According to Turner, although HHS has no dedicated homelessness program, when individuals come in for social or mental health services, “we try to connect them to other services in our agency or send them to be assessed to find out how they might be helped by another department.”
HHS also does outreach, especially when alerted by law enforcement, other agencies or community members, Turner said. HHS’ Wellness Center staff drives along the canals and river where homeless people tend to camp, she explained. Bringing food along, staff members try to assess the kinds of HHS services needed and offer access to food, hot showers, laundry facilities and job and life skills education. However, “not everyone wants to come in.” Wellness Center staff works primarily with adults “struggling with emotional or mental health issues.”
The wellness centers are located at 130 Short St. in Bishop and 126 W. Washington St. in Lone Pine. Staff can be reached at (760) 873-8039 for both locations. HHS has offices at 914 N. Main St., Bishop, (760) 872-1394 and 380 N. Mt. Whitney St., Lone Pine, (760) 876-5545. HHS staff also does assessment and referral at Tecopa Community Center, 400 Tecopa Hot Springs Rd., Tecopa. Staff can be reached at (760) 852-4264.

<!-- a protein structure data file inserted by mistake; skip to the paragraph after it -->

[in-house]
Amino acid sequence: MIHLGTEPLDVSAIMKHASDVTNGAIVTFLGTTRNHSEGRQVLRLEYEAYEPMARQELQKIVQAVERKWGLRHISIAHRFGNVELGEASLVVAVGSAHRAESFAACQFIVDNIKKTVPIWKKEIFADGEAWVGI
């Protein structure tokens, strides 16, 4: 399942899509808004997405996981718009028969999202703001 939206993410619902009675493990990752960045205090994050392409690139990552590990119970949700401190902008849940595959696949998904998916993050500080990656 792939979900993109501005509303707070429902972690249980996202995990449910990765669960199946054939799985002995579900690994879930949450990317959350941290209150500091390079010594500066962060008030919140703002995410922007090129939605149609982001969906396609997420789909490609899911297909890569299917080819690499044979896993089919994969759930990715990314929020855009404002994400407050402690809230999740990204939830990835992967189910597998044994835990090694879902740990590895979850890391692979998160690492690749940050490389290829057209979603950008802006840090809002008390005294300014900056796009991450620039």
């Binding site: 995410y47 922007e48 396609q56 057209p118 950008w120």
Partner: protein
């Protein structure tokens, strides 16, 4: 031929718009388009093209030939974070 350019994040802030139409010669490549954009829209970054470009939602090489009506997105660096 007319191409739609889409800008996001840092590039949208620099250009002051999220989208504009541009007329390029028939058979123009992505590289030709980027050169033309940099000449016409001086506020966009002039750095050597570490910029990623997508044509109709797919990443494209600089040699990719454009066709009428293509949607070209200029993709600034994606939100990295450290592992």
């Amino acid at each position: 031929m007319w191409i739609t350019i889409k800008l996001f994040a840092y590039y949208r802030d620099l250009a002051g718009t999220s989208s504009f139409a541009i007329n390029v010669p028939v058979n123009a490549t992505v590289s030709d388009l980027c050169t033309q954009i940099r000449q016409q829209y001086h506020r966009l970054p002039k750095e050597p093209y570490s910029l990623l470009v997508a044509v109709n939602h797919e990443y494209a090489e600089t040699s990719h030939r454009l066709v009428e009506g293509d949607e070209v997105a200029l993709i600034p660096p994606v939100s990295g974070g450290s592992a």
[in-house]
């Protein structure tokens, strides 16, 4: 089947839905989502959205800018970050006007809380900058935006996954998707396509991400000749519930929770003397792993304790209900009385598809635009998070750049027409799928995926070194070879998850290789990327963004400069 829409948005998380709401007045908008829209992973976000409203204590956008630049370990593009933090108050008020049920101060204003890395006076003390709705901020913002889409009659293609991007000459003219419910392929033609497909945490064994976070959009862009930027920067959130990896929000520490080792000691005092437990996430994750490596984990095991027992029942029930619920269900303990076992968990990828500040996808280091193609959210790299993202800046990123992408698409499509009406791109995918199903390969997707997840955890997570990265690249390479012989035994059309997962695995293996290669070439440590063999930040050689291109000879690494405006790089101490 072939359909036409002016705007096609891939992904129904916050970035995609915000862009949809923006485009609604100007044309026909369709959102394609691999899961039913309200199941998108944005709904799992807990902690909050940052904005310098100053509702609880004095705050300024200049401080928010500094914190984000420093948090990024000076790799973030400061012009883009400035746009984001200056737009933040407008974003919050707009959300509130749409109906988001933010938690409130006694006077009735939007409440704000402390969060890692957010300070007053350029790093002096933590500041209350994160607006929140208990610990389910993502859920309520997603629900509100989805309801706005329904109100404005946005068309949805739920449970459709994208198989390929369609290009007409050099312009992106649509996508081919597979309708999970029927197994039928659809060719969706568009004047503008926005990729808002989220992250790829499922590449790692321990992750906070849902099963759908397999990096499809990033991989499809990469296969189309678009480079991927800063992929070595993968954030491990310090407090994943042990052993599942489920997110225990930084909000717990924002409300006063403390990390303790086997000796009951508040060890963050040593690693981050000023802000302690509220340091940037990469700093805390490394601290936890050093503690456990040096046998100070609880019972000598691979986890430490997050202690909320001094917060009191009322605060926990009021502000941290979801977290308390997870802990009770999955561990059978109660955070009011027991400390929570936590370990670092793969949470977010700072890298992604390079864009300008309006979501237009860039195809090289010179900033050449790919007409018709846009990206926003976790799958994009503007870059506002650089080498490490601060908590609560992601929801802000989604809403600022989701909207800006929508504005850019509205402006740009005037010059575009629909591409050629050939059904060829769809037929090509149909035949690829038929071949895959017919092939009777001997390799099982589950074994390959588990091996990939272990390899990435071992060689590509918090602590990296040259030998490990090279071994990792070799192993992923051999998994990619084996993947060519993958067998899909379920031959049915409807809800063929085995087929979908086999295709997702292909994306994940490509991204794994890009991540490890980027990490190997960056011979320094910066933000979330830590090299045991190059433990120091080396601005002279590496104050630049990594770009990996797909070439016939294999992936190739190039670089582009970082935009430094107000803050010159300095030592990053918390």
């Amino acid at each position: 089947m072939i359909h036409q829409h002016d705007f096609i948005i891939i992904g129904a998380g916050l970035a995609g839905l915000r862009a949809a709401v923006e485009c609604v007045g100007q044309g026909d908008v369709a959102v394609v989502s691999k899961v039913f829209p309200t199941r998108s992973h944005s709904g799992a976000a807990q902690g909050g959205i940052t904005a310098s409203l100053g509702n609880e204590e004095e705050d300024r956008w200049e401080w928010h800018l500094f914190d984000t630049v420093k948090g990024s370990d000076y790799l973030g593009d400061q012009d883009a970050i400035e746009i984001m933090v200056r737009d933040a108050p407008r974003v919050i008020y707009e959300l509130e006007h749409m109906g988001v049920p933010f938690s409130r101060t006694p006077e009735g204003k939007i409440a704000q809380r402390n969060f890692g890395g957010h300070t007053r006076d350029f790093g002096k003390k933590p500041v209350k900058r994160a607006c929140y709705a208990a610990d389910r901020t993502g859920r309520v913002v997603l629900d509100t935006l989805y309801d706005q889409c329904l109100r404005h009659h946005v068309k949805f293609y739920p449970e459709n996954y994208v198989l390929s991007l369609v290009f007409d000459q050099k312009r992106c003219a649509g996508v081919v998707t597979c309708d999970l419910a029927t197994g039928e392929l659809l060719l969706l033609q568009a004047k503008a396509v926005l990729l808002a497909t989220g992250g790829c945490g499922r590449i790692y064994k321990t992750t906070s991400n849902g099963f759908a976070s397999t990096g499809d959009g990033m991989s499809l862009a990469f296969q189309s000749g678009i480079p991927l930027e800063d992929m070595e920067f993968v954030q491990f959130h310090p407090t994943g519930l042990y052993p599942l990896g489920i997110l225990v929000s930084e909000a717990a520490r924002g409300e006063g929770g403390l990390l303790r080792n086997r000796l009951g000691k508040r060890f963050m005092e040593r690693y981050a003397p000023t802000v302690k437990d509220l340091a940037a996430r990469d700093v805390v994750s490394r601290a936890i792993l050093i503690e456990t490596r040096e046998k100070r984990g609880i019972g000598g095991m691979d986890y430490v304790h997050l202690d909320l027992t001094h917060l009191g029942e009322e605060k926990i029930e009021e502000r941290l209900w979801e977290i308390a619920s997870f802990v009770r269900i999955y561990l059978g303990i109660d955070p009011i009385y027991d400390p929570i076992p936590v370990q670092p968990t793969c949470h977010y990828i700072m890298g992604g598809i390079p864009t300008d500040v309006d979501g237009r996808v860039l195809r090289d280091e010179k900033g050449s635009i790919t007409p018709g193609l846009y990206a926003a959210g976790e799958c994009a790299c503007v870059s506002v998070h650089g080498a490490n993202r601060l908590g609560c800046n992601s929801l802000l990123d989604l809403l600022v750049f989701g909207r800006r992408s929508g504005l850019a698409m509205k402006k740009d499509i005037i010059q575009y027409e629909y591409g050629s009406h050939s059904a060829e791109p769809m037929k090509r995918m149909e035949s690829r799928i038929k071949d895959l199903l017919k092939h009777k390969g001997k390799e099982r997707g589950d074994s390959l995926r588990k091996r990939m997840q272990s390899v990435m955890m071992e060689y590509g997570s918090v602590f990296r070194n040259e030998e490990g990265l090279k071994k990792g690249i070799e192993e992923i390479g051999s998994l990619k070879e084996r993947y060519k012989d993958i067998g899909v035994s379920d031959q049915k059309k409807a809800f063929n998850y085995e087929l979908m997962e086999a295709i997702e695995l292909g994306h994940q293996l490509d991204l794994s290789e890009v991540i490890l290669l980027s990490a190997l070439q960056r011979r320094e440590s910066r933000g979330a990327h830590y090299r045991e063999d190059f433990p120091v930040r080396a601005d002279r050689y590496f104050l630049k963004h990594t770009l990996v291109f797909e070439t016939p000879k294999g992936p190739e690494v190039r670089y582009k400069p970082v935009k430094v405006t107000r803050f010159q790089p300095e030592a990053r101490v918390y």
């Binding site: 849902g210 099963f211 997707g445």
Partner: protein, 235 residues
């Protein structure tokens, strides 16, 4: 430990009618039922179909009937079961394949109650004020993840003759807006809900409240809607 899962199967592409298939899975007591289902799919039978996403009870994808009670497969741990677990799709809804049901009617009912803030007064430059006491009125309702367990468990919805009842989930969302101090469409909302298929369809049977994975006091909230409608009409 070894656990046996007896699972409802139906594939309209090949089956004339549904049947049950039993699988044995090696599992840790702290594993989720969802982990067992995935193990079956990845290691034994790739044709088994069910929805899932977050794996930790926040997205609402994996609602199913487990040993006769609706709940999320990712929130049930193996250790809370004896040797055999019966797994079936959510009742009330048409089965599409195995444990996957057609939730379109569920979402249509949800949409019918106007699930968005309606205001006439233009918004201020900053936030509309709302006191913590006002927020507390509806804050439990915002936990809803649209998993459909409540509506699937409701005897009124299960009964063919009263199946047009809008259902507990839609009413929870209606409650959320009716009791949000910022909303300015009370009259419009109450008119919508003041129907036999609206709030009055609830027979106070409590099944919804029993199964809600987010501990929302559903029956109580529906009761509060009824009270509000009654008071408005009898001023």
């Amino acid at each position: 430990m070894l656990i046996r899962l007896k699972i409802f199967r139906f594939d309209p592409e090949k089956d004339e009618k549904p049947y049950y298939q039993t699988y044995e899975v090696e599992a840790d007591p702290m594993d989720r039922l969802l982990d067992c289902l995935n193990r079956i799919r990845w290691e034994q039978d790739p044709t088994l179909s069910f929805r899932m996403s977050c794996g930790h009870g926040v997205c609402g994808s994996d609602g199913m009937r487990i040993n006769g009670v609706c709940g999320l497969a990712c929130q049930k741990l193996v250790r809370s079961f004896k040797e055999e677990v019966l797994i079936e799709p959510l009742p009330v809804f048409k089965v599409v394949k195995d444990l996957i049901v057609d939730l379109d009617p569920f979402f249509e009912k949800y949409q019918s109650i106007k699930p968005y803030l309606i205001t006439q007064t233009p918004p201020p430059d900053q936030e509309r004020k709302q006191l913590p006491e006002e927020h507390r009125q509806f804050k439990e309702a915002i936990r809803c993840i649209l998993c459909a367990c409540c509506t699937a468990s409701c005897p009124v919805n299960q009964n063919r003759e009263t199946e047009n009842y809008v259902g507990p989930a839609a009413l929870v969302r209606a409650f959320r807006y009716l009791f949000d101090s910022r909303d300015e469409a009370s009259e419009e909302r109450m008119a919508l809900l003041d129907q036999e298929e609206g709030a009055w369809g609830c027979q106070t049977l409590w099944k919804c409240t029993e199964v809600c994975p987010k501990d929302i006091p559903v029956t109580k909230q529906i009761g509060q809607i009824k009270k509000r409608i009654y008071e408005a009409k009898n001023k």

Emerson stressed that IMACA is still providing emergency shelter vouchers, rental deposit assistance and related services to Inyo and Mono counties’ homeless persons. IMACA is located at 224 S. Main St., Bishop,  (760) 873-8557. Food and donated clothing are available at the Bishop office and at the Mammoth Lakes office, 625 Old Mammoth Rd., (760) 934-3343.  
Griffiths said, “I recognize homelessness as an issue in the Bishop area. I’ve met and seen a lot of homeless people at the (United Methodist Church) soup kitchen. The most important thing we can do is coordinate our efforts to service them, between faith-based organizations, nonprofits and the county and city.”
For more information about ESCOC and other homelessness services, call Emerson at (760) 873-3021, ext. 5.services within and between agencies in a large geographical area.” Inyo, Mono and Alpine counties cover 14,102 square miles, including water bodies, he added. One of ESCOC’s responsibilities will be to tabulate a point-in-time count of the counties’ homeless population.